“The ’architectural’ is the link in all of my work.“ INTERVIEW with Jeroen Molenaar
Dutch artist Jeroen Molenaar (1979) ‘s multifaceted work is situated on the edges of arts, design and architecture. Working with sculptures, photography and sculptures, it is the “architectural” that links all these media in his work, says Molenaar.
Having studied architectural design / interior-architecture at the CABK ArtEZ Academy in Kampen (NL), Molenaar decided to work as an artist after his graduation. A fascination for construction as it is significant in our everyday world, is the basis for his work, raising questions of public space and its infrastructure, of boundaries between functionality and the autonomy of an object, forms and structures.
His work “Vertical Landscape”, a sculpture made of wood which can be fixed on the wall like a spatial drawings, has been selected for the III Moscow International Biennale for Young Art 2012 at the Moscow Museum of Modern Art.
On deconarch.com, Jeroen Molenaar shares the motivation of his artistic work, his interests and how architecture influences his approach.
all images (c) Jeroen Molenaar, www.jeroenmolenaar.com
You studied architectural design / interior architecture, but then chose to work as an artist. Why?
At the time of my study, I wanted to be an architect and read a lot about architecture. I was fascinated by the avantgarde architects like; Zaha Hadid, Daniel Libeskind, UN Studio and Herzog & de Meuron. Those architects who made buildings like sculptures. The way they create space is fascinating. There lies my fascination about dynamic shapes and lines, too.
After my bachelor degree I rented a studio and since then I was hooked by the freedom of an artist. I can make my own work without compromise and that’s a freedom which an architect never has. So I still make architectural related work. Spaces. But now with the freedom in size, material and construction.
Your work is architecture-related – can you tell us a little more about it? What are you interested in?
I work on projects which are situated on the edges of arts, design and architecture. The “architectural” is the link in all of my work and expresses itself in sculptures, photography and paintings.
The tension is created by contrasts and opposites in colour, form and material. I also use the different art disciplines to accentuate this tension.
I’m always searching for dynamic shapes and lines.
They must be objects that intrigue and fascinate, that play with the rules of gravity and construction, that are photogenic and sometimes functional. I research a lot with scale models and metal thread models. By using metal thread, the models create a “line-drawing” that can be read as a spatial drawing.
Then I am also interested in compelling infrastructure dominating the public space. In my work I question the boundaries between functionality and autonomy, I always begin with the autonomy of the object. Function is not a principle but a side issue for me. In my paintings and photographs, you can see the link of architecture and public space. Composition, patterns and lines can be seen, a connection exists between the two-dimensional work and spatial objects. The construction determines the shape of my work. I play with gravity. In each completed artwork, is the seed sown for a new work.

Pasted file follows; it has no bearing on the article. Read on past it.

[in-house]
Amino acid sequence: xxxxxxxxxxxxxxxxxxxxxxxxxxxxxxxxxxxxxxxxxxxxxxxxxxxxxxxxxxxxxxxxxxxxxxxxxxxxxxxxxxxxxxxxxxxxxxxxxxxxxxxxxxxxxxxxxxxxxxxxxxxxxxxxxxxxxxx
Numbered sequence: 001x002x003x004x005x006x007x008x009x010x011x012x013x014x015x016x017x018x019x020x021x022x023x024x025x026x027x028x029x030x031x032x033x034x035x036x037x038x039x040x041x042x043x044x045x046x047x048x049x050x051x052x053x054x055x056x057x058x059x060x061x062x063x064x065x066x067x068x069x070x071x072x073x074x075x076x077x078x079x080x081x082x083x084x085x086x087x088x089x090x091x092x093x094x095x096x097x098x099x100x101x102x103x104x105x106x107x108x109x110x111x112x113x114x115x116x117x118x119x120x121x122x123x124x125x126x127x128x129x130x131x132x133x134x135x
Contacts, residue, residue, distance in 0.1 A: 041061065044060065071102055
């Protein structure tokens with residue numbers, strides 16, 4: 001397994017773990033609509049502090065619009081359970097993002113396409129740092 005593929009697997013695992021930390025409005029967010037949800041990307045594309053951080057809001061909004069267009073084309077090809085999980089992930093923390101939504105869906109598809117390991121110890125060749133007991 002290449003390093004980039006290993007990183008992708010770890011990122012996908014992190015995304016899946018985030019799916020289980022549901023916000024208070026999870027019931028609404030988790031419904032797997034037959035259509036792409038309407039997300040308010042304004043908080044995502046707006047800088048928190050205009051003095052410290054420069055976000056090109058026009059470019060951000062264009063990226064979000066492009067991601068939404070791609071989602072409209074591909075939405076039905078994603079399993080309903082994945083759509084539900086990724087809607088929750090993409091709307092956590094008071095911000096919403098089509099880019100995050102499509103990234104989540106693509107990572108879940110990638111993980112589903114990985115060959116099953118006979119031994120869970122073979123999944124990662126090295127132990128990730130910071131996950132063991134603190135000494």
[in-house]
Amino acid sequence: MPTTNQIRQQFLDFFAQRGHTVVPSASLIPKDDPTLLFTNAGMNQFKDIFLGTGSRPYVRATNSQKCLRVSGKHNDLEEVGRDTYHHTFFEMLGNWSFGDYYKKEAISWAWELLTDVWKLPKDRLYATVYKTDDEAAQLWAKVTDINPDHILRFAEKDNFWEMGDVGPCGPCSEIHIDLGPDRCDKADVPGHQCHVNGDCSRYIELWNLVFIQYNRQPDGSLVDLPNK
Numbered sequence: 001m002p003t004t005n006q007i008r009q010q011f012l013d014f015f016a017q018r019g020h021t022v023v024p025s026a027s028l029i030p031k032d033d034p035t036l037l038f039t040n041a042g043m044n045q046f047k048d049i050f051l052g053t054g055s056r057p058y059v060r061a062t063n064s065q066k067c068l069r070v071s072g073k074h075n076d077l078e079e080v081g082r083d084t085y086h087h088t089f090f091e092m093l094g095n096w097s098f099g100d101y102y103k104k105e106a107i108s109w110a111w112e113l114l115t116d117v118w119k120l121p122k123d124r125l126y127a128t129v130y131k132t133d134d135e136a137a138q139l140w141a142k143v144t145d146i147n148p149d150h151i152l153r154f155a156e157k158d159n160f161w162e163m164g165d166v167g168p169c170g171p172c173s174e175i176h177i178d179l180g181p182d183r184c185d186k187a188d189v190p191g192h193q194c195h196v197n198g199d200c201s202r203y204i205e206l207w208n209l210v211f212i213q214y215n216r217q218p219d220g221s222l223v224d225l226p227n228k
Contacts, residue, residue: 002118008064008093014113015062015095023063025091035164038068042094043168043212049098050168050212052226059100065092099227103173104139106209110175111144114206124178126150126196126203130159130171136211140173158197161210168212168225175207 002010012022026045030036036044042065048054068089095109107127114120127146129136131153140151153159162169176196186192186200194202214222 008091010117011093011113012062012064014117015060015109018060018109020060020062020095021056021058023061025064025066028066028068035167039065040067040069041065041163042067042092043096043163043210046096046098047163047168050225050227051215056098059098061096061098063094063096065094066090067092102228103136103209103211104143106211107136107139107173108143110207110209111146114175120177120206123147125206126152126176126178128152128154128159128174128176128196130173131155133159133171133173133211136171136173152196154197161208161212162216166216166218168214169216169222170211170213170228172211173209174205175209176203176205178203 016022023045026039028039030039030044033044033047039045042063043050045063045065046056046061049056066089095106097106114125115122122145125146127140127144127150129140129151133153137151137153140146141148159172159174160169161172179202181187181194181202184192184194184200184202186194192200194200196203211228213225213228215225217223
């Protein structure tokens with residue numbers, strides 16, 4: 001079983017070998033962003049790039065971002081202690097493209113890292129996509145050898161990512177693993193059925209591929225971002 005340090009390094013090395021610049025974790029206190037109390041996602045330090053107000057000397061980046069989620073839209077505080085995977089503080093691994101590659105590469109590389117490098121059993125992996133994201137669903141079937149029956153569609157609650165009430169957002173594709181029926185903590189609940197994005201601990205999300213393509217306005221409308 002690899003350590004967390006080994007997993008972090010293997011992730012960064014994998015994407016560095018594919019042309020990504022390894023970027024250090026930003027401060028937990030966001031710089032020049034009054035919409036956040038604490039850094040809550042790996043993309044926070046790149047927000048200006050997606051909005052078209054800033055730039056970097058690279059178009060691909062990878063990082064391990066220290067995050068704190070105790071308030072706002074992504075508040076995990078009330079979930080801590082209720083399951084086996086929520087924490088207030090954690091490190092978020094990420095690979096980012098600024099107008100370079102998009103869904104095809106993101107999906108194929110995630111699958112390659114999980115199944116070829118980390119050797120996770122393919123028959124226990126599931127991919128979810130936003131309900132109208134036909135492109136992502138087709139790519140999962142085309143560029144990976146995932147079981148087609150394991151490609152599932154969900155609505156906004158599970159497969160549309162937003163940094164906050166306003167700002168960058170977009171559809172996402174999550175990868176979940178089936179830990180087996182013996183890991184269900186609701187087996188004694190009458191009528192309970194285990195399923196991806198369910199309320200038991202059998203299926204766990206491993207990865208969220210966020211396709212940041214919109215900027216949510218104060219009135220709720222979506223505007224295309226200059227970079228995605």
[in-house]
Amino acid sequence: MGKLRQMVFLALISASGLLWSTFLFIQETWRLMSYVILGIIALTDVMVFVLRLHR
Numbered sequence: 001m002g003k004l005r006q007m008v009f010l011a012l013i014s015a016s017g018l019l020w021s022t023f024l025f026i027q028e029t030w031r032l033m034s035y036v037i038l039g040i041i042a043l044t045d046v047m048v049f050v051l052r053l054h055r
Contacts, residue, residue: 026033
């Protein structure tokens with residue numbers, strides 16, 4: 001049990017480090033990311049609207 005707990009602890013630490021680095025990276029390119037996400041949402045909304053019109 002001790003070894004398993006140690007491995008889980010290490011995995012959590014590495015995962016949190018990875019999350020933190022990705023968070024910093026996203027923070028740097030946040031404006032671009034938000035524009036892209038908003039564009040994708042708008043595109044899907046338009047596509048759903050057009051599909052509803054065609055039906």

How does architecture influence your artistic work?
I am fascinated by architecure. It influences my work in all kind of ways. Architectural drawings can be linked to my work and I like the constructive part of architecture. How things are constructed, how one thing is related to another. I like to play with gravity and construction like architects do.
In the built, constructed world around me.
You work with a broad range of media. Which materials do you prefer to work with and why?
I am influenced by Constant Nieuwenhuys. He made a project called ‘New Babylon’. With this project he combined maquettes, sculptures, paintings and collages. From one focus he used different media to work with. That’s also what I am doing. I “build“ drawings/collages, paintings, photographs and sculptures. As an artist Nieuwenhuys worked like an architect. I work the other way round.
How is your working process?
It depends on what I do. For sculptural work I start with making a small drawing and translate it into a small object made of metal thread. Then I enlarge it into a bigger object. It’s important to keep the tension from the drawing in the object. The tension is crucial.
Apart from Nieuwenhuys, are there other role models and influences inspiring your work?
There are many inspirations. The exhibition at the Gemeentemuseum (The Hague) of „Constant about New Babylon“ (Ode to Constant, 2005-2006) had a huge impact. Last year the exhibition of J.-M. Basquiat in Paris was very interesting as well.
Then painters like Constant Nieuwenhuys, Franz Kline, J.-M. Basquiat, David Schnell or Koen van der Broek, the architects I mentioned earlier. Photographers like Andreas Gursky, Edward Burtynksy or Saul Leiter …
At the time of writing I am busy with a new series of paintings. And some new ideas of for wall objects.
In your own words: What is characteristic of your work?
Zaha Hadid wrote about her 89 degrees that the idea of an oblique angle is much stronger then a rectangle. For example, a cube is more interesting when you see it in perspective.
In mostly all of my work you can see the 89 degrees. The oblique angle is the basic element in my work.
Jeroen Molenaar, thanks for sharing your work!